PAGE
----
In March 1996, I started my creative writing course at the University of Wollongong (illuminated above). My parents weren’t entirely sure what they were doing in sending me there (‘We did wonder,’ my father once said to me), but the careers advisor had recommended it, and I liked his recommendation and so, marvellously, it came to be.
I was a young and naïve deaf girl from the country. I found university so stressful that I stopped eating and lost six kilos in six weeks, but I adored my course. Writing rapidly became my raison d'être: it was a balm for the isolation of deafness; crafting beautiful lines pleased my sense of aesthetics; and puzzling over the structure of a novel, essay or poem was immensely satisfying.
But the life of a writer is very difficult – I don’t think many understand just how hard it is when they set out (I sure didn’t). So below I’ve cobbled together a few things I’ve learnt over the last two decades, not as a road map to publication, but more as lamps in the darkness on the road.
1. Writing take a long, long, long time. You’ll need patience, patience and more patience. It’s not just the writing itself, but finding the agent and publisher, then working with the editor. Even then it’s usually not until you’re a few books in that you even gain any traction.
2. Find yourself a writing group. You'll feel less lonely and your writing will improve tremendously through constructive criticism and feedback.
3. If you want to get published, you need a track record, which you can establish through publications in litmags and by winning competitions. Find every opportunity you can – write and submit and repeat. The litmag market in Australia is small, but not impossible. Try overseas as well. There are many competitions around - Aerogramme Writers' Studio have good listings of these.
4. Subscribe to litmags (see #3). These are the life blood of Australian publishing and they are often how you get your foot in the door. If you can’t afford it, band together with some friends and get one subscription each, then share your copies.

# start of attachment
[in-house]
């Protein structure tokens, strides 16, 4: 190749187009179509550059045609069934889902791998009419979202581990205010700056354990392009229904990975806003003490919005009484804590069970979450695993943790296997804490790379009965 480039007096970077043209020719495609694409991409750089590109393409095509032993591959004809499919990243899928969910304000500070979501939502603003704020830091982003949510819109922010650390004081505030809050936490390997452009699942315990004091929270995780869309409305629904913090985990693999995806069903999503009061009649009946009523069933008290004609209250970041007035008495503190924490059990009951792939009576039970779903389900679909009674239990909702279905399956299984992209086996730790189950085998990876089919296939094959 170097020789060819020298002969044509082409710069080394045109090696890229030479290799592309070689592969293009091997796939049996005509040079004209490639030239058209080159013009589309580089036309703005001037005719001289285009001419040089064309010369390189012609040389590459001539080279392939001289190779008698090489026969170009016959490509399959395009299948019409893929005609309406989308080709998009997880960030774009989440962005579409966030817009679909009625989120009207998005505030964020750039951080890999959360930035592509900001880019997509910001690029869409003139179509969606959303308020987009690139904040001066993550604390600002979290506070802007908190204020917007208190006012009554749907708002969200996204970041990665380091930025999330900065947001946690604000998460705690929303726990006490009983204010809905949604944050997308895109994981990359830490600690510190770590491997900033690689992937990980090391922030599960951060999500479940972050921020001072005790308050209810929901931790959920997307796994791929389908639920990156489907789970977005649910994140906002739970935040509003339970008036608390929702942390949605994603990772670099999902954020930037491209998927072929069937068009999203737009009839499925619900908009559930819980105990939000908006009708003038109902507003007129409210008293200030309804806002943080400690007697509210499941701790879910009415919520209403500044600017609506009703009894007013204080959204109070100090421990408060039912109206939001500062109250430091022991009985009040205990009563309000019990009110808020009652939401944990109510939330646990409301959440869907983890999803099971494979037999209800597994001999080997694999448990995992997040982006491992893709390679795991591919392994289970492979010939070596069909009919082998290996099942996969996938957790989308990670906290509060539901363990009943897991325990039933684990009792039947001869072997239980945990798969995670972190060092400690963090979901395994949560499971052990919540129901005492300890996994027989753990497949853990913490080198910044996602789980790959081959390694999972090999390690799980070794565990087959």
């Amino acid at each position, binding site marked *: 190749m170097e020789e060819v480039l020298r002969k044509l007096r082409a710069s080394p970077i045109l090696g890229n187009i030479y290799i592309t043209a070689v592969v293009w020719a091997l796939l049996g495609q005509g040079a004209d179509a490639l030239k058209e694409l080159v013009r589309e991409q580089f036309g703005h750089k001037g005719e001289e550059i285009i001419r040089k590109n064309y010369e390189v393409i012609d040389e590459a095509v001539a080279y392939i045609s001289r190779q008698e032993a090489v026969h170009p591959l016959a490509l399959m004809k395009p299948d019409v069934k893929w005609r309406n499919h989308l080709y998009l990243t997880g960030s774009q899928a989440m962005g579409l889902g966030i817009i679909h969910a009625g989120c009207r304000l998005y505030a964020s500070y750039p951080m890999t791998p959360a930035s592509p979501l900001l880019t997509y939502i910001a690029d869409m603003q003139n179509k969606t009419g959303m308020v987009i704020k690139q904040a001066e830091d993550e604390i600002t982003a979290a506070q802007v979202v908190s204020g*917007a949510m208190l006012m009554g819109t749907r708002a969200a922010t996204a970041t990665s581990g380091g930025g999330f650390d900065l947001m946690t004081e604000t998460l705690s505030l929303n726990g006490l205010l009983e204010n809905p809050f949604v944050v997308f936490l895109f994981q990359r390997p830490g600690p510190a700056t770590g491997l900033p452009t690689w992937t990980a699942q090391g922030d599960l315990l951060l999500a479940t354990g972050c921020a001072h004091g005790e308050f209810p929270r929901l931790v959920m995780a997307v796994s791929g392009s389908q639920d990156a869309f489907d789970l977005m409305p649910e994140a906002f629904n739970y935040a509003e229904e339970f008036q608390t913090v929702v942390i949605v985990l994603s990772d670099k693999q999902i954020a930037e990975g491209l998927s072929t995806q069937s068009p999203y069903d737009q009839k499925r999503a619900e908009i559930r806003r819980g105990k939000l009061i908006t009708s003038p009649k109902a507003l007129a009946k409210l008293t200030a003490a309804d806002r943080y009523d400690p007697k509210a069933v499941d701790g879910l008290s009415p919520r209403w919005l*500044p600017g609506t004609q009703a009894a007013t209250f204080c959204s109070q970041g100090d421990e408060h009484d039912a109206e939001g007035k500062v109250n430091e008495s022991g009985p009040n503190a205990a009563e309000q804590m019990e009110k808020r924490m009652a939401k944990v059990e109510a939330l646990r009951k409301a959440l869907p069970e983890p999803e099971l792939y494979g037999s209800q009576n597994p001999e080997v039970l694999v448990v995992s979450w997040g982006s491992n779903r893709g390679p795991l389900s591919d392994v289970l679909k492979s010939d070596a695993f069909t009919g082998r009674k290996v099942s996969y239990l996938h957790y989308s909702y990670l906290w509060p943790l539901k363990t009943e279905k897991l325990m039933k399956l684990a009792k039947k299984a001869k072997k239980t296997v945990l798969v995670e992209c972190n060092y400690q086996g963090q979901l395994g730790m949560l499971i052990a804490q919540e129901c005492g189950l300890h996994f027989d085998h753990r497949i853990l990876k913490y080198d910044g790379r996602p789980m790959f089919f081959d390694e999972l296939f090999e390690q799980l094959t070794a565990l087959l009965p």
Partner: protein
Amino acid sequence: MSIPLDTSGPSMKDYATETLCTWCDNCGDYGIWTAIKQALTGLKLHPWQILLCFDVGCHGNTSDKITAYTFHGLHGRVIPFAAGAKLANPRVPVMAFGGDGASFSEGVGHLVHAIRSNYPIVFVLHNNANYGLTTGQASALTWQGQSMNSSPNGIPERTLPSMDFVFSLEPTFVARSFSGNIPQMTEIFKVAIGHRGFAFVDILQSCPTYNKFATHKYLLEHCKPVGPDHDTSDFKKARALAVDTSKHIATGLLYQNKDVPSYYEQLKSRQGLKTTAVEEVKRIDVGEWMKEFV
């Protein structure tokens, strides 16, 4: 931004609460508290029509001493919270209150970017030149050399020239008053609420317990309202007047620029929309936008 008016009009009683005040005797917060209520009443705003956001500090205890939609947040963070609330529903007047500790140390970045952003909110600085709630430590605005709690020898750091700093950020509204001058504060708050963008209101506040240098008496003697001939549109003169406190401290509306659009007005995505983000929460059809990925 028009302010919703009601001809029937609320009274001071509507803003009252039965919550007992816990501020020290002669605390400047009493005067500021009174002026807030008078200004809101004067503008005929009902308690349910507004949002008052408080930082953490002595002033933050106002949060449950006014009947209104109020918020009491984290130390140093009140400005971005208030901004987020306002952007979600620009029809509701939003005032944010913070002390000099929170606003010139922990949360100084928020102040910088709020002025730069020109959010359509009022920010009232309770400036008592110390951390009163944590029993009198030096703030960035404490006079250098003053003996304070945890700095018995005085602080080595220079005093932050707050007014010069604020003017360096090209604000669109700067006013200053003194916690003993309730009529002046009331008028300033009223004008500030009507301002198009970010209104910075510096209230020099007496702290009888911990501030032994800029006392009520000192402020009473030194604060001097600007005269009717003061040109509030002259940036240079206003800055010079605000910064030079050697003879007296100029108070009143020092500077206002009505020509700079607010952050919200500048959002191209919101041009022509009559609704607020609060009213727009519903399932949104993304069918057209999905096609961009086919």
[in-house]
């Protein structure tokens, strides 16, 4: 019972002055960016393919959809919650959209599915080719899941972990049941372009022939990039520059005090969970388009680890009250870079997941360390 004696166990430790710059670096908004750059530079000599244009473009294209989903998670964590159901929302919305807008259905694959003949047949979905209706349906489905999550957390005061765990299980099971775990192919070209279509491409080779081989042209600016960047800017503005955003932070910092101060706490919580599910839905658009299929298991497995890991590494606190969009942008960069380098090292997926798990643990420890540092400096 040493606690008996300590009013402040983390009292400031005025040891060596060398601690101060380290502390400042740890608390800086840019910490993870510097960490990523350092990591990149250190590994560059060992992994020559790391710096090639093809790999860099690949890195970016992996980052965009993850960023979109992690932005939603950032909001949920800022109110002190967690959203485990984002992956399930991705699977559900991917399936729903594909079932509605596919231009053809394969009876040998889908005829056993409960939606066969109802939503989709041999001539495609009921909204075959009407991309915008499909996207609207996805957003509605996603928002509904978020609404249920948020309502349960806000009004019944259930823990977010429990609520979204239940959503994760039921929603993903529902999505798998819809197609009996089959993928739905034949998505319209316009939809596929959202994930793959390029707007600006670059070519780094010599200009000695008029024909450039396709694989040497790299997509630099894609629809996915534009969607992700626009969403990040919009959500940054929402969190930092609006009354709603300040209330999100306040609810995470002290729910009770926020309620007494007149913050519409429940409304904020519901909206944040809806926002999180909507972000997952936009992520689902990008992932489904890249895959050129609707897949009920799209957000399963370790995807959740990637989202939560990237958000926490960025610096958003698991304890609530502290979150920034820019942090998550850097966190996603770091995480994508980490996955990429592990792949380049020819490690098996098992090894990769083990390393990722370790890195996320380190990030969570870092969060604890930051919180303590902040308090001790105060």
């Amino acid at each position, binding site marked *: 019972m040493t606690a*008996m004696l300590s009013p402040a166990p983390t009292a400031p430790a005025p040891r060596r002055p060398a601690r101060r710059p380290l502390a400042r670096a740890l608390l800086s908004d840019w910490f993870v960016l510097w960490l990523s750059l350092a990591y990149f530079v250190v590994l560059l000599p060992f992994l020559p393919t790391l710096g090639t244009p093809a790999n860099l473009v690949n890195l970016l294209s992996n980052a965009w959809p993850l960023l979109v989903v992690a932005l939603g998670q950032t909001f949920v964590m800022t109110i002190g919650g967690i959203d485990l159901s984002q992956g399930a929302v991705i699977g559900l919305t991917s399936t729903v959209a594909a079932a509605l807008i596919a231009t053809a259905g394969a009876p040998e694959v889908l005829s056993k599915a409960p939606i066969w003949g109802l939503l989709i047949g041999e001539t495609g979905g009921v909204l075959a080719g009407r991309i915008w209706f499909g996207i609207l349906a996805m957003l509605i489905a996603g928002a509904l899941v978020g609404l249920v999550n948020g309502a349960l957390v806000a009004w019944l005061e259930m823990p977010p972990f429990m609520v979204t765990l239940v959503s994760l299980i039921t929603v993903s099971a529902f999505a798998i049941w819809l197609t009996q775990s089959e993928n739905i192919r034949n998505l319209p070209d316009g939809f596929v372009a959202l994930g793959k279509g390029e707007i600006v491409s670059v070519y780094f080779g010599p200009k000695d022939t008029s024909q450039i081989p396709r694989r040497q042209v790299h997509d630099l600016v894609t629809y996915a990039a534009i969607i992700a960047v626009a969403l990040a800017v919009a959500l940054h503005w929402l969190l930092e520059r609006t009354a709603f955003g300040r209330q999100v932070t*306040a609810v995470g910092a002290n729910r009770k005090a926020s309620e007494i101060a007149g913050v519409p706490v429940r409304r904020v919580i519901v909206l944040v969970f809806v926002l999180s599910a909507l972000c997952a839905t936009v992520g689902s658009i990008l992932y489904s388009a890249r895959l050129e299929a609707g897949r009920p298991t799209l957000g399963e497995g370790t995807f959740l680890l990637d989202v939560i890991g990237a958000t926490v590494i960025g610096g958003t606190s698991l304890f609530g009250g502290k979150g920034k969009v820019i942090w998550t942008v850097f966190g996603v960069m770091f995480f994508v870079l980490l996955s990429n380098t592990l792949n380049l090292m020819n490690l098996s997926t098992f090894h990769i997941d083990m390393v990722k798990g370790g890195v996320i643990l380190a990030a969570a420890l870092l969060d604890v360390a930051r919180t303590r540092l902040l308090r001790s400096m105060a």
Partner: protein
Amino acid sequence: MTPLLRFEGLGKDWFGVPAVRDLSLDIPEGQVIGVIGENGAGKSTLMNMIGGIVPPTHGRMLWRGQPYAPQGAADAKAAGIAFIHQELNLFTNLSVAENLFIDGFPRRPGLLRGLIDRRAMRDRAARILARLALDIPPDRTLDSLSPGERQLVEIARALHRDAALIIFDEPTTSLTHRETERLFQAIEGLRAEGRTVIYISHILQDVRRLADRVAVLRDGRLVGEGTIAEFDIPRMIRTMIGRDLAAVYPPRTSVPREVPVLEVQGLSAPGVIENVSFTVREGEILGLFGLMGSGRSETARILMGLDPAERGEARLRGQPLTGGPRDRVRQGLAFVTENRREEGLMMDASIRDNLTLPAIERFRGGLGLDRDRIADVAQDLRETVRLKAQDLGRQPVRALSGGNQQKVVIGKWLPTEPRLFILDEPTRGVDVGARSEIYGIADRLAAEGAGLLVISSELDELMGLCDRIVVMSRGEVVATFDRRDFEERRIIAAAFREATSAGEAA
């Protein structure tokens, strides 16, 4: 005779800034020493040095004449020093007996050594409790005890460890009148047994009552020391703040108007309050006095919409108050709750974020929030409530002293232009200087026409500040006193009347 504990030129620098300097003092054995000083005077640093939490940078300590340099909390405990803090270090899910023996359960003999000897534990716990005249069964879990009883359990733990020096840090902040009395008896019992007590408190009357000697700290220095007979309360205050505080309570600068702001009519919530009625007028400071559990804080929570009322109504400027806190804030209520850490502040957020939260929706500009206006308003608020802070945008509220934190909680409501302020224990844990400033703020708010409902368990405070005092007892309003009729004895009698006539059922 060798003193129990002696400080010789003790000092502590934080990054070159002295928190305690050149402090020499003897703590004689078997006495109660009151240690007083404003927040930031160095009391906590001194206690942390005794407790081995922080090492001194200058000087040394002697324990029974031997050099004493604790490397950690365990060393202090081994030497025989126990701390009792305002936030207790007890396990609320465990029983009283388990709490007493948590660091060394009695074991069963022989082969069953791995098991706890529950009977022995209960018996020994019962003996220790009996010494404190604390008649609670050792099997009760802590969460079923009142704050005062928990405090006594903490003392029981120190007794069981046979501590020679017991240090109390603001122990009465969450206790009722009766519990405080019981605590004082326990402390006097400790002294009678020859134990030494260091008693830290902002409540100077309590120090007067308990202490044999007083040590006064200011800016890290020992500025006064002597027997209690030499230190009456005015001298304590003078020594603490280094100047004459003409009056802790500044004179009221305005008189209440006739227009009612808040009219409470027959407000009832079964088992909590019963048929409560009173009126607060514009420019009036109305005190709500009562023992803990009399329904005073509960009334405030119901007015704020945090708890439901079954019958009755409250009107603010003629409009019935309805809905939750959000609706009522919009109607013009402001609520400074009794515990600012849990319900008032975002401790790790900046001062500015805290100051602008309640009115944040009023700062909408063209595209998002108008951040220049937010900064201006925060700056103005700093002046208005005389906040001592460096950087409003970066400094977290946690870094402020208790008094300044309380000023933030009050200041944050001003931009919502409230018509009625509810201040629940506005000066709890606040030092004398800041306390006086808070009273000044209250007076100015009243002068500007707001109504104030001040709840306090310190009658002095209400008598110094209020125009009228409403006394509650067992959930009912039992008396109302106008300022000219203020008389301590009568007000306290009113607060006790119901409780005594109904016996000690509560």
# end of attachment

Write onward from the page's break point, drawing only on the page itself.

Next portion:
5. Install an internet blocker such as Self Control. Use it.
6. Get a job. Most writers work like a dog for peanuts for a long time and it’s not enough to live on. A recent study from Macquarie University found that writers in Australia on average make $12,900 from their writing – and these are the more successful ones. T.S. Eliot was a banker and Wallace Stevens was an insurance executive. I've found stability and a flexible boss to be more important than my pay rate.
7. Create an online presence through social media and/or a website. Not only will it help potential publishers work out who you are and what your writing is like, but social media can alleviate boredom, loneliness and shyness. Once you are published, it’s a good way to maintain contact with readers. If it gets out of control, resort to #5.
8. Read everything. First for enjoyment, then for craft. Take the piece apart to work out how the writer has achieved certain effects. If you can’t afford to buy books or don’t have enough space, join your local or state library.
9. Jealousy is okay and to be expected. What is not okay is when it stops you cheering for your fellow writers. Don’t be petty; they have worked as hard as you and they deserve buckets of good wishes.
10. Agents are not essential, but they are handy if you hate finance and fine print.
11. Conduct yourself with grace at all times, even if rejection feels like a slap in a face and you’re having a hard time managing #9. Publishing is a small and subjective business, and everyone in the industry wishes they could publish more.
12. Persist. If you get knocked down, it’s okay to sit in a puddle of tears for a while. Then get up and keep on going. The writers who get into print those who never give up. And if you love what do you, and you’d rather not be doing anything else, then of course you’ll get there.